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The Transcontinental Railroad - Essay Example

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Transportation is something which Americans in modern times often take for granted. Whether it is the transportation of people, the transportation of commercial goods, or the transportation of ideas, America's development owes much to the transcontinental railroad…
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The Transcontinental Railroad
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Download file to see previous pages As an initial matter, it is necessary to understand the technological context of the time frame within which the railroad evolved as an integral part of the American infrastructure. There were, to be sure, important scientific breakthroughs which made such a continental project feasible. These breakthroughs came in both the United States of America and in Europe. Without these breakthroughs it would be very fair to argue that America might not have developed as quickly and as powerfully as it has in the past two hundred years.
In 1769, James Watt, a mechanical engineer from Scotland successfully patented a steam engine which had practical applications. To be sure, this technological breakthrough was not specifically designed for railroads, quite the contrary, it was most commonly associated with prototypes of steamboats in Great Britain. Nonetheless, the steam engine provided the world with a new source of power; prior to this scientific development, "for centuries, people had relied on wind, water, animal, and human power to drive the machines of industry, agriculture, and transportation."1 This new power source would stir the imaginations of leaders in governments and commerce alike. Although the steam engine would revolutionize many fields, it became an essential step in the evolution of the steam locomotive.
In 1825, a steam-driven locomotive pulled coal on a nine mile track in England. This experiment demonstrated that railroads and steam locomotives were indeed within the realm of possibility. If coal could be moved nine miles by rail then it could, in theory be moved nine hundred miles. It didn't take long for the concepts and the engineering prowess to take root in America; indeed, in 1830, a mere five years after the successful experiments in England, an American engineer, Peter Cooper, completed the construction of America's first steam locomotive. This steam locomotive was named the Tom Thumb and it carried both commercial goods and passengers along a thirteen mile stretch of railroad track from Baltimore to Ellicott's Mills, Maryland.2 From a technological point of view, the stage was set for the construction of grander and more far-reaching rail systems.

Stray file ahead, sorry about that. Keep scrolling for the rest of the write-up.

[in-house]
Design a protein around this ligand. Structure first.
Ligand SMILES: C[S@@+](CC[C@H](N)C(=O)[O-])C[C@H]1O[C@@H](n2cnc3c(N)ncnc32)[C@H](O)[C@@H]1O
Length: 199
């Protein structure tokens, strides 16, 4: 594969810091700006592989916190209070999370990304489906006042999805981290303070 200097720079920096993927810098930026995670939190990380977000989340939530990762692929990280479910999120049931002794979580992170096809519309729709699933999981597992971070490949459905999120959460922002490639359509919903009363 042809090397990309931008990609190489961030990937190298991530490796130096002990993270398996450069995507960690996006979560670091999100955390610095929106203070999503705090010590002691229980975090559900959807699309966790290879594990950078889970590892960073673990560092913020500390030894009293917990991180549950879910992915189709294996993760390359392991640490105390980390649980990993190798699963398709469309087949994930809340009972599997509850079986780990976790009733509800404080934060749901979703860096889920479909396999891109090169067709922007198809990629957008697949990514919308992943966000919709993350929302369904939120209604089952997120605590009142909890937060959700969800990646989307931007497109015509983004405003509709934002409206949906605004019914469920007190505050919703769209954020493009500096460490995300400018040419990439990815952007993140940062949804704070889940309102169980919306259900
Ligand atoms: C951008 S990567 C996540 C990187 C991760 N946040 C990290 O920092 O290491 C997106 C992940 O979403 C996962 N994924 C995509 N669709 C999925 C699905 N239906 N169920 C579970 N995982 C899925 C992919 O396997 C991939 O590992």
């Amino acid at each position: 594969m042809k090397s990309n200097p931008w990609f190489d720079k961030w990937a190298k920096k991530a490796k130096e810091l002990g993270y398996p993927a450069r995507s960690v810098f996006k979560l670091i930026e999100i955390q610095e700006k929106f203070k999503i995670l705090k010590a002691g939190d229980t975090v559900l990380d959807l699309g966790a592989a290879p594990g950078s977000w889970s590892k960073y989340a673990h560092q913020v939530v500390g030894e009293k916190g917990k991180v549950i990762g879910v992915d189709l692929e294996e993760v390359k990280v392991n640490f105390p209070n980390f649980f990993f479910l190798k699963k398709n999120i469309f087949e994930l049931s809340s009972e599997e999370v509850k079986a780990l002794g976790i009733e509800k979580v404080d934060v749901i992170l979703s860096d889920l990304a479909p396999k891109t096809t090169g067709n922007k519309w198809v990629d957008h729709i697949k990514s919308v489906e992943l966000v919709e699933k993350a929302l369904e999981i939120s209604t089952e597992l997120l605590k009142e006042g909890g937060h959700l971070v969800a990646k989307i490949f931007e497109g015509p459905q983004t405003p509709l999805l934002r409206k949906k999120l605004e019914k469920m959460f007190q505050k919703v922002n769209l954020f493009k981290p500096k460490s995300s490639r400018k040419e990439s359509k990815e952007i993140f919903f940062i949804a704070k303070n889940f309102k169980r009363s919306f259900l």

1.2 The Demographic and Intellectual Origins

Calls for expanded rail service were frequent and fervent. The origins of the fundamental idea, a transcontinental railroad connecting the Atlantic coast to the Pacific coast, "first surfaced in 1832 in an anonymous letter in the weekly newspaper- The Emigrant published in Ann Arbor Michigan. The idea did not die from that moment on."3 Significantly, this proposal for a transcontinental railroad proceeded even before the United States had settled treaty negotiations regarding the Oregon territory. 4
The speed with which the idea took root was staggering. Barely were the engineering feats accomplished, and with portions of the western territories unsettled or disputed by various powers, and plans were being made to connect the coasts by railroad.
These pressures to move westward, and to connect the Atlantic to the Pacific, were in

many ways driven by demographic pressures. The demographic origins of the

transcontinental railroad can be traced to the westward movement of settlers across the

Northern Plains.5 This trail would become an important route for emigration, and would

be later denoted more formally as the Oregon Trail.

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